I am by training a composer and so, in between pulling ivy off the outside of the window, I step back into the building and look at the window from the other point of view. This allows me to keep sight of where the ivy is, but also to benefit from the light myself. As I have exposed the idolatry of music, my own compositions have improved and my skills have been enhanced. Thought changes action.

Under this analogy, I am not doing anything for people on the outside of the Church. Non-Christians often believe in music as an alternative religion. I cannot persuade such people to disbelieve in music by reason, for all I have tried. They need the Gospel and when they hear it, they will let go of believing in music for themselves. So, while I am frankly critical in my examination of the non-Christian view of music - for it often adversely affections Christians - I do not argue with non-Christians about music. We will never agree and the argument would only be for the sake of arguing.

My perspective is expounded in my books and briefly in the blogs on this site. I welcome cordial conversations with fellow-Christians who have read my books and request a disclosure of religious affiliation on the contact form so I can respectfully know where you are coming from. That said, I will not debate or argue. Time is too precious to me and confrontation on music is often a mask for an argument on doctrinal matters and Scriptural interpretation. While I would gladly talk about such things in person, the online sphere is an inappropriate medium for such discussions and tends to escalate out of control, eating time and going no where.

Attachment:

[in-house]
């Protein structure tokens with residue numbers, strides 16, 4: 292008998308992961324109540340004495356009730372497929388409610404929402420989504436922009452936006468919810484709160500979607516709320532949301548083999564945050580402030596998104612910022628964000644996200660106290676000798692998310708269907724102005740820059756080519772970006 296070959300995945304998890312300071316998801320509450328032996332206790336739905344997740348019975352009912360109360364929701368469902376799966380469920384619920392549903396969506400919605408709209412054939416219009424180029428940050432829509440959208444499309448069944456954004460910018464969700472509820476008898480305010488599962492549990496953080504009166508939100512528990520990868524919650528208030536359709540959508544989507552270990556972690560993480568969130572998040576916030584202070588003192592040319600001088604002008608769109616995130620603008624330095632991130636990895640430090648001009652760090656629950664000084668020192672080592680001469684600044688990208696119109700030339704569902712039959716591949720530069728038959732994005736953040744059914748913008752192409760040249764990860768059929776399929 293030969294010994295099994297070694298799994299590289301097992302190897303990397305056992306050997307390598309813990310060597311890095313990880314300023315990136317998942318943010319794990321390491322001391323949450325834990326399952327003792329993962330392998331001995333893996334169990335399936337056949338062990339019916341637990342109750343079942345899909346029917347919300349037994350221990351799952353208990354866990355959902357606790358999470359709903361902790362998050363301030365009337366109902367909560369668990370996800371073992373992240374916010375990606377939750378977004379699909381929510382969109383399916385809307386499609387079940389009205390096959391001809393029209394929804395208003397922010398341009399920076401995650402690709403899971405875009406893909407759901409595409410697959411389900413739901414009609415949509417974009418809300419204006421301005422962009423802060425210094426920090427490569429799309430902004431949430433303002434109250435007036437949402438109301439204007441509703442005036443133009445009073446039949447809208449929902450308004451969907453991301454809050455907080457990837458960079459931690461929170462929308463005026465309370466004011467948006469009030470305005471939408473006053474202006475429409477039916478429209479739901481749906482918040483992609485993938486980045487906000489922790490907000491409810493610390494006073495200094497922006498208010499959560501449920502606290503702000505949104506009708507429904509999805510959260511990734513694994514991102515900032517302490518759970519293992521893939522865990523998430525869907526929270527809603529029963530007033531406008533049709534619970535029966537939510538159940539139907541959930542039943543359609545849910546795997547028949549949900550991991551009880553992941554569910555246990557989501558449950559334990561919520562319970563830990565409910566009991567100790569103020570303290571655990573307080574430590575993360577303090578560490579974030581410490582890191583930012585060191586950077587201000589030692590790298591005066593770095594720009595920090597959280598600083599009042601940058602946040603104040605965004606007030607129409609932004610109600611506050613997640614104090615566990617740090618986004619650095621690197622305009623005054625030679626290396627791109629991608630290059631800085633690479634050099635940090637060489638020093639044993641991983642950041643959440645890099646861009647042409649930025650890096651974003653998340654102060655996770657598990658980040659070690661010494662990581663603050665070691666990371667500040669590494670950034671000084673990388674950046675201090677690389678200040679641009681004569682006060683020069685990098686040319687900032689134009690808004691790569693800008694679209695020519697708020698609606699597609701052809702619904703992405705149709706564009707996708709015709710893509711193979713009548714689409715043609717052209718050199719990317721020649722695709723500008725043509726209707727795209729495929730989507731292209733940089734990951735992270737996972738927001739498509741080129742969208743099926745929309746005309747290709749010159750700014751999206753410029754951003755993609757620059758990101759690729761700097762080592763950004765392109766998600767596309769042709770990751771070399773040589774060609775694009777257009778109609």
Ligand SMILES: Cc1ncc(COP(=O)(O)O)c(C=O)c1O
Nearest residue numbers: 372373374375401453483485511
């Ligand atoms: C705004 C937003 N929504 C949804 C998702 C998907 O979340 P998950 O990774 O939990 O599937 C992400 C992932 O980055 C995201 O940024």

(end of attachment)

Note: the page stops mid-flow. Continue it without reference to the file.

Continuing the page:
Comments are posted at my discretion. 

Removing the ivy has consequences. People within the Church are forced to see the ugliness outside more clearly. It cannot be helped - nor should it. The Calvinist, it has been said, should never be shocked by sin. The world is desperately wicked and in dire need of salvation through the Lord Jesus Christ. Since that society rejects Him, it ought to be in a mess and it is in a mess. With the exception of the tender minds of little children, we should not obscure the wickedness, pulling a curtain across the degradation in order to spare our own blushes.

I am not creating anything, hence the analogy of the ivy. The truth was always there. I am not saying something new. I am not making a new Church or changing its location. I am trying to restore what was there and help other Christians to see it so that they may walk more boldly in the light of God's Word. 

This is no grand gesture. Neither is it a quick fix. Ivy grows back. There is no place for smugness or complacency. We do not pick the ivy off the window and then say, "That's it, we can relax now." I have been doing this for over 12 years, whether or not people are watching, whether or not people were buying and reading my books. And I am only just beginning to see the scope of the task and the shallowness of my progress. But this is how I glorify God.

~ Abigail Judith Fox (May 2018)